Improved Retrieval of Integrated Water Vapor from Water Vapor Radiometer Measurements Using Numerical Weather Prediction Models

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  • 1 Department of Marine, Earth and Atmospheric Sciences, North Carolina State University, Raleigh, North Carolina
  • | 2 University Navstar Consortium (UNAVCO), Boulder, Colorado
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Abstract

Water vapor radiometer (WVR) retrieval algorithms require a priori information on atmospheric conditions along the line of sight of the radiometer in order to derive opacities from observed brightness temperatures. This paper's focus is the mean radiating temperature of the atmosphere (Tmr), which is utilized in these algorithms to relate WVR measurements to integrated water vapor. Current methods for specifying Tmr rely on the climatology of the WVR site-for example, a seasonal average-or information from nearby soundings to specify Tmr. However, values of Tmr, calculated from radiosonde data, not only vary according to site and season but also exhibit large fluctuations in response to local weather conditions. By utilizing output from numerical weather prediction (NWP) models, Tmr can be accurately prescribed for an arbitrary WVR site at a specific time. Temporal variations in local weather conditions can he resolved by NWP models on timescales shorter than standard radiosonde soundings.

Currently used methods for obtaining Tmr are reviewed. Values of Tmr obtained from current methods and this new approach are compared to those obtained from in situ radiosonde soundings. The improvement of the Tmr calculation using available model forecast data rather than climatological values yields a corresponding improvement of comparable magnitude in the retrieval of atmospheric opacity. Use of forecast model data relieves a WVR site of its dependency on local climatology or the necessity of a nearby sounding, allowing more accurate retrieval of observed conditions and increased flexibility in choosing site location. Furthermore, it is found that the calculation of precipitable water by means of atmospheric opacities does not require time-dependent tuning parameters when model data are used. These results were obtained using an archived subset of the full nested grid model output. The added horizontal and vertical resolution of operational data should further improve this approach.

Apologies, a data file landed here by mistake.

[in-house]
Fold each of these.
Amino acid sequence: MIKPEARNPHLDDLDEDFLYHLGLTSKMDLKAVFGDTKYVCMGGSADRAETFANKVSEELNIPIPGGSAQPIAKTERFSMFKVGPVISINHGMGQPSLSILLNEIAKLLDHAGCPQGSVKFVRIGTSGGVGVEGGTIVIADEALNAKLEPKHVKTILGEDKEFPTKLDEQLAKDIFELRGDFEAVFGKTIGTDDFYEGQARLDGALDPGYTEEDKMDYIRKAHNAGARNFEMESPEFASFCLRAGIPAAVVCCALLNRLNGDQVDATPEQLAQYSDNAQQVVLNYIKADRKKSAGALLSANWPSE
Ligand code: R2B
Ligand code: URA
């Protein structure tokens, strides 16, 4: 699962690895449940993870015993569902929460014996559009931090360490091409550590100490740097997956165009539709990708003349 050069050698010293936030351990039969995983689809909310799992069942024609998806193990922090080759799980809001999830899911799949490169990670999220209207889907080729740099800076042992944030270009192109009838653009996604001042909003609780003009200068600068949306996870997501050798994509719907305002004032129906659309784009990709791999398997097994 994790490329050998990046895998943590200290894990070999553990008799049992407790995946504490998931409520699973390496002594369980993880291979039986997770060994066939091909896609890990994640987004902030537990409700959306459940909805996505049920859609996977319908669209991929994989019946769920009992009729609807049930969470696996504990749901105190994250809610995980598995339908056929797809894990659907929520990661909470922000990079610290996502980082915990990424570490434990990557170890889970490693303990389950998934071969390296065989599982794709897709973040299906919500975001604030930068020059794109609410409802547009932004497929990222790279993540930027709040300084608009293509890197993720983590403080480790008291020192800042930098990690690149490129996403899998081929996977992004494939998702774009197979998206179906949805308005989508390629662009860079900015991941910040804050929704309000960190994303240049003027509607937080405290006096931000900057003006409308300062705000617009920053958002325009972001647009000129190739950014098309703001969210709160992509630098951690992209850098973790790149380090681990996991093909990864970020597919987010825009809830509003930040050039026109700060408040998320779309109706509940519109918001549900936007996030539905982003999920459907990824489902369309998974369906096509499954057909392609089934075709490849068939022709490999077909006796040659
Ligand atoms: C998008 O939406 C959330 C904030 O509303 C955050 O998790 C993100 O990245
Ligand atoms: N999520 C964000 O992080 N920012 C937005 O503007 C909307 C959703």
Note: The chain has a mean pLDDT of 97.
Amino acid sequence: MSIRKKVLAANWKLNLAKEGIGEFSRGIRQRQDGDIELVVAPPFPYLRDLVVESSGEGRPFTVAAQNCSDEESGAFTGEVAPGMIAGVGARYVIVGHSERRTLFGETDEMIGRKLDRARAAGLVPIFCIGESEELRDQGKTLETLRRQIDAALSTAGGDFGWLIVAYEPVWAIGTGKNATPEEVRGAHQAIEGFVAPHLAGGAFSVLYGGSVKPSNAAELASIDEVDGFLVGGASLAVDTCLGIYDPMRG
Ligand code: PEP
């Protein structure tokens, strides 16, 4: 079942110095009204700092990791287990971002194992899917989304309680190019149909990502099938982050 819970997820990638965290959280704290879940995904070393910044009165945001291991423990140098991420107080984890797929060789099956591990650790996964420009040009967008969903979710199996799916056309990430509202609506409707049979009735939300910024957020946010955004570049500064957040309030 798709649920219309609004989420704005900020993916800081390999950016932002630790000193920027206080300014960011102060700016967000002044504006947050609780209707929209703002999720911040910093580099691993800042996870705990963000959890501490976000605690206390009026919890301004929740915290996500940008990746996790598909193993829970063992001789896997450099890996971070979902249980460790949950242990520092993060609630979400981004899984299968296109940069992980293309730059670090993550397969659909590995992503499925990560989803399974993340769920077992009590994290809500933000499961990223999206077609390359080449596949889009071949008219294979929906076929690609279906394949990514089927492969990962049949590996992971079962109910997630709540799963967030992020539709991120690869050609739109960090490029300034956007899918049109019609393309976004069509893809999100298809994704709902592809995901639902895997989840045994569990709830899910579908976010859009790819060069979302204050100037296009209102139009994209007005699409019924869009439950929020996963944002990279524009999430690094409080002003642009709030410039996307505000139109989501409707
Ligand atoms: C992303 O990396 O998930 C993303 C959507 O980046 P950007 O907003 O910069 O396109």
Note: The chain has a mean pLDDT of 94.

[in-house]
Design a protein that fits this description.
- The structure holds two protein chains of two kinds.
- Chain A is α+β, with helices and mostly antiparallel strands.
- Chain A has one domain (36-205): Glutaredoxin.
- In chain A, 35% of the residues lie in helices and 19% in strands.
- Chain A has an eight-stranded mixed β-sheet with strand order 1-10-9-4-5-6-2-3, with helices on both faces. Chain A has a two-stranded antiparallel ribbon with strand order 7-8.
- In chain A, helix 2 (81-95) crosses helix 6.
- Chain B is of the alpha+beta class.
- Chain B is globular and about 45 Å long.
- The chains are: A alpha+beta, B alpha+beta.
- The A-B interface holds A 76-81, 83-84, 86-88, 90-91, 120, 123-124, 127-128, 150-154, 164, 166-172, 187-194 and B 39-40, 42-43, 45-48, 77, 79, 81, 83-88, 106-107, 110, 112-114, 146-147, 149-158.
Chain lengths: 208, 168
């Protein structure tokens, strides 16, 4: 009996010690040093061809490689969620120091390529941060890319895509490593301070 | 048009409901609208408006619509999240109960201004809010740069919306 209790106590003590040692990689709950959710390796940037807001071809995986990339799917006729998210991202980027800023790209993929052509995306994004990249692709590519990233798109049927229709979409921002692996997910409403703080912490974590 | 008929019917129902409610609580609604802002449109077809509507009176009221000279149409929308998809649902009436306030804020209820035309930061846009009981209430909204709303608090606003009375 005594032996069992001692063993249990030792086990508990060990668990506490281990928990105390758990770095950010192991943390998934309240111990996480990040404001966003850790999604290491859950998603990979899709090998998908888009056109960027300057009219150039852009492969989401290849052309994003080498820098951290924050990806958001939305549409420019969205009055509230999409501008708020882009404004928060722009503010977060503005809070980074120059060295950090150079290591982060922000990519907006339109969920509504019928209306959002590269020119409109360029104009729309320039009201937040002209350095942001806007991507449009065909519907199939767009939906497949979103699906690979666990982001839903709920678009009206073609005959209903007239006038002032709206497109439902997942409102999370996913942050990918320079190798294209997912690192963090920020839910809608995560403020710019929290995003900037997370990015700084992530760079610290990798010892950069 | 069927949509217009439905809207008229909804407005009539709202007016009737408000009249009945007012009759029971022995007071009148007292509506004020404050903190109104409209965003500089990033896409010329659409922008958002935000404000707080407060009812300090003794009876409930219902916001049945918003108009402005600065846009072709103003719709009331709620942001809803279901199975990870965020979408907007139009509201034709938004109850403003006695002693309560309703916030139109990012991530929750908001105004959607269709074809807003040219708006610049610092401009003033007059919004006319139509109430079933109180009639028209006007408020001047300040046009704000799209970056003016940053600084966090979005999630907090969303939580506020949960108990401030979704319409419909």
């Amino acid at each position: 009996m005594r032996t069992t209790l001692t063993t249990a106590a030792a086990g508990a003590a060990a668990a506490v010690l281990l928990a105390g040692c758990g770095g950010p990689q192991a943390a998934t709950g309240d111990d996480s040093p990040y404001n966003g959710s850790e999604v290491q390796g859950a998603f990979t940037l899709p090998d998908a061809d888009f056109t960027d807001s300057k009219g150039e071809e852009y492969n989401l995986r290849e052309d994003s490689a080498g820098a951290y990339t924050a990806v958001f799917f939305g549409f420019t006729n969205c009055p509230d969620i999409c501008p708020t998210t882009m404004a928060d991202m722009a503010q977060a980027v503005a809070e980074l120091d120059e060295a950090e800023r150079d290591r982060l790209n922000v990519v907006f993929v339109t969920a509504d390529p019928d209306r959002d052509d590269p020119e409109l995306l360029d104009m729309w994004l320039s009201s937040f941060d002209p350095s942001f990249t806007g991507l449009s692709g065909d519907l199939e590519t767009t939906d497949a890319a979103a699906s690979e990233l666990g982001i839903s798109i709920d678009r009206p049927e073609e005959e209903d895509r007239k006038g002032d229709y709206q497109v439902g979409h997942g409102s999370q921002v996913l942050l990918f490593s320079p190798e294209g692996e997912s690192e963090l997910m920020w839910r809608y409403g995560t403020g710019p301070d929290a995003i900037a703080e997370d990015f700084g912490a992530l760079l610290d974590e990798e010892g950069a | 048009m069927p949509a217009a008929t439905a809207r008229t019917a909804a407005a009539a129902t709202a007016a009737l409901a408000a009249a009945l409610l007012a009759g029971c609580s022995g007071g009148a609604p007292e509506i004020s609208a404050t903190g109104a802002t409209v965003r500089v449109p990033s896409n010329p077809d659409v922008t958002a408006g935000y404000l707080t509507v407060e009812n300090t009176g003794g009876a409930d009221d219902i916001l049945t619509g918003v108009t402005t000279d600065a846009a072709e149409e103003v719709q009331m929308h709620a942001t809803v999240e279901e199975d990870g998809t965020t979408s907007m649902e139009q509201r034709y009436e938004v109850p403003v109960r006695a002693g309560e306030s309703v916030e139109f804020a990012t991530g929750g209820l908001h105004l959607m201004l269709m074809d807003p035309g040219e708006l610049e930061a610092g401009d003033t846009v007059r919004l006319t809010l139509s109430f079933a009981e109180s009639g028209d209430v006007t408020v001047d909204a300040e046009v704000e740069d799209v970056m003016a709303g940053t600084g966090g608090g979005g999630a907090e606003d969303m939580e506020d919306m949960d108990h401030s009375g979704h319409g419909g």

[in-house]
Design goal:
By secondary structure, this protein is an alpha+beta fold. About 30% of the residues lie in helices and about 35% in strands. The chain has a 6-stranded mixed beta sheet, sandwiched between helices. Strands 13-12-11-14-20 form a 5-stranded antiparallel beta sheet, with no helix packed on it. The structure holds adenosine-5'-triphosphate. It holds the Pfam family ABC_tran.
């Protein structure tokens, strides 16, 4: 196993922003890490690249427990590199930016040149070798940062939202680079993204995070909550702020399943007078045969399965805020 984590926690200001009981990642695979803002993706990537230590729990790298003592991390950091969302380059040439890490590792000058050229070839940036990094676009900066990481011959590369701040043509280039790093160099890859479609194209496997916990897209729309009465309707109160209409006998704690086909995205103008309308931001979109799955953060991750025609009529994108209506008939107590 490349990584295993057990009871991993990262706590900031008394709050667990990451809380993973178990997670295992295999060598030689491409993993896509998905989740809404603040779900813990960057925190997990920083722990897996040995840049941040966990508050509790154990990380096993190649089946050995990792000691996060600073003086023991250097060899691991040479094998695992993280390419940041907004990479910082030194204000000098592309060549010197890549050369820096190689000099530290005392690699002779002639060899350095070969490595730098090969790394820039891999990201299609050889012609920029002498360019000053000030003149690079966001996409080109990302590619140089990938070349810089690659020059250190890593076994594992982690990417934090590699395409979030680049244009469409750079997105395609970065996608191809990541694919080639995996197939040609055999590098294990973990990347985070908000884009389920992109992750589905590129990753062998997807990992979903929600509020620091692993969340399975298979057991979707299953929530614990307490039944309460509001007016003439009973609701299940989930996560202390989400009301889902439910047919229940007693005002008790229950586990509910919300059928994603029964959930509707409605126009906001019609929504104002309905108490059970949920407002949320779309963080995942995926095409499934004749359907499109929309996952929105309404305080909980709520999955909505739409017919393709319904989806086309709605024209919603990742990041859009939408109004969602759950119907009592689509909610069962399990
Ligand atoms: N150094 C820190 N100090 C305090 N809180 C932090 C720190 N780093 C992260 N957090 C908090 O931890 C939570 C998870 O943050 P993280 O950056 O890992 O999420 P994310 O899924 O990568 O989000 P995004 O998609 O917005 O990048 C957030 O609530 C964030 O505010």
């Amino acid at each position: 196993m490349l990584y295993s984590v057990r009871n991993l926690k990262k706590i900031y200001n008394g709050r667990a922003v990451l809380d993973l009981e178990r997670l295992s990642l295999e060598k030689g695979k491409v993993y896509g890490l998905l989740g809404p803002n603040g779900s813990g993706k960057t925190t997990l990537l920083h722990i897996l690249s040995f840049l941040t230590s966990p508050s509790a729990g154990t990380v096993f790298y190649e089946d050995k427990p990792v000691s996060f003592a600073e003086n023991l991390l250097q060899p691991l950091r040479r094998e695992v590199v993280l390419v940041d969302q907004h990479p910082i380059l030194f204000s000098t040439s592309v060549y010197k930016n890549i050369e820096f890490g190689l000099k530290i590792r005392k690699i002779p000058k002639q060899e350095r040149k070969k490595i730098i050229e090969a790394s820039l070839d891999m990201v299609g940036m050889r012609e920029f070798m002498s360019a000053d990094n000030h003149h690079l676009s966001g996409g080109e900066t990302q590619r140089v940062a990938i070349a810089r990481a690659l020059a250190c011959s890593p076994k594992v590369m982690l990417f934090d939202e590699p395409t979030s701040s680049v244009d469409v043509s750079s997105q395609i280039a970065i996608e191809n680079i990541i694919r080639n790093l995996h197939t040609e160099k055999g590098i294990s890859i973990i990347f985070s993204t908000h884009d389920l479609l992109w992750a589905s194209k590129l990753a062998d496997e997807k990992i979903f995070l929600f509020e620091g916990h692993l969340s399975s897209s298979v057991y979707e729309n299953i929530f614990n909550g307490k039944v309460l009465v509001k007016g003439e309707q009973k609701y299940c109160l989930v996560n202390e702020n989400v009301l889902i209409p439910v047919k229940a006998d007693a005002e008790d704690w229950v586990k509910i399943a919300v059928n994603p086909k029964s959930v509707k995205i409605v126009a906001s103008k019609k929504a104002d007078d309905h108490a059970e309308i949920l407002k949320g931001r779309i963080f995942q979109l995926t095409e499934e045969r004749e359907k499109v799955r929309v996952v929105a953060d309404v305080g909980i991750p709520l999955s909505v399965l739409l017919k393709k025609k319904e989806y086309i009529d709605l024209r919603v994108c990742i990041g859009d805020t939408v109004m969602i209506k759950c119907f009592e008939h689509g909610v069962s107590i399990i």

Abstract

Water vapor radiometer (WVR) retrieval algorithms require a priori information on atmospheric conditions along the line of sight of the radiometer in order to derive opacities from observed brightness temperatures. This paper's focus is the mean radiating temperature of the atmosphere (Tmr), which is utilized in these algorithms to relate WVR measurements to integrated water vapor. Current methods for specifying Tmr rely on the climatology of the WVR site-for example, a seasonal average-or information from nearby soundings to specify Tmr. However, values of Tmr, calculated from radiosonde data, not only vary according to site and season but also exhibit large fluctuations in response to local weather conditions. By utilizing output from numerical weather prediction (NWP) models, Tmr can be accurately prescribed for an arbitrary WVR site at a specific time. Temporal variations in local weather conditions can he resolved by NWP models on timescales shorter than standard radiosonde soundings.

Currently used methods for obtaining Tmr are reviewed. Values of Tmr obtained from current methods and this new approach are compared to those obtained from in situ radiosonde soundings. The improvement of the Tmr calculation using available model forecast data rather than climatological values yields a corresponding improvement of comparable magnitude in the retrieval of atmospheric opacity. Use of forecast model data relieves a WVR site of its dependency on local climatology or the necessity of a nearby sounding, allowing more accurate retrieval of observed conditions and increased flexibility in choosing site location. Furthermore, it is found that the calculation of precipitable water by means of atmospheric opacities does not require time-dependent tuning parameters when model data are used. These results were obtained using an archived subset of the full nested grid model output. The added horizontal and vertical resolution of operational data should further improve this approach.

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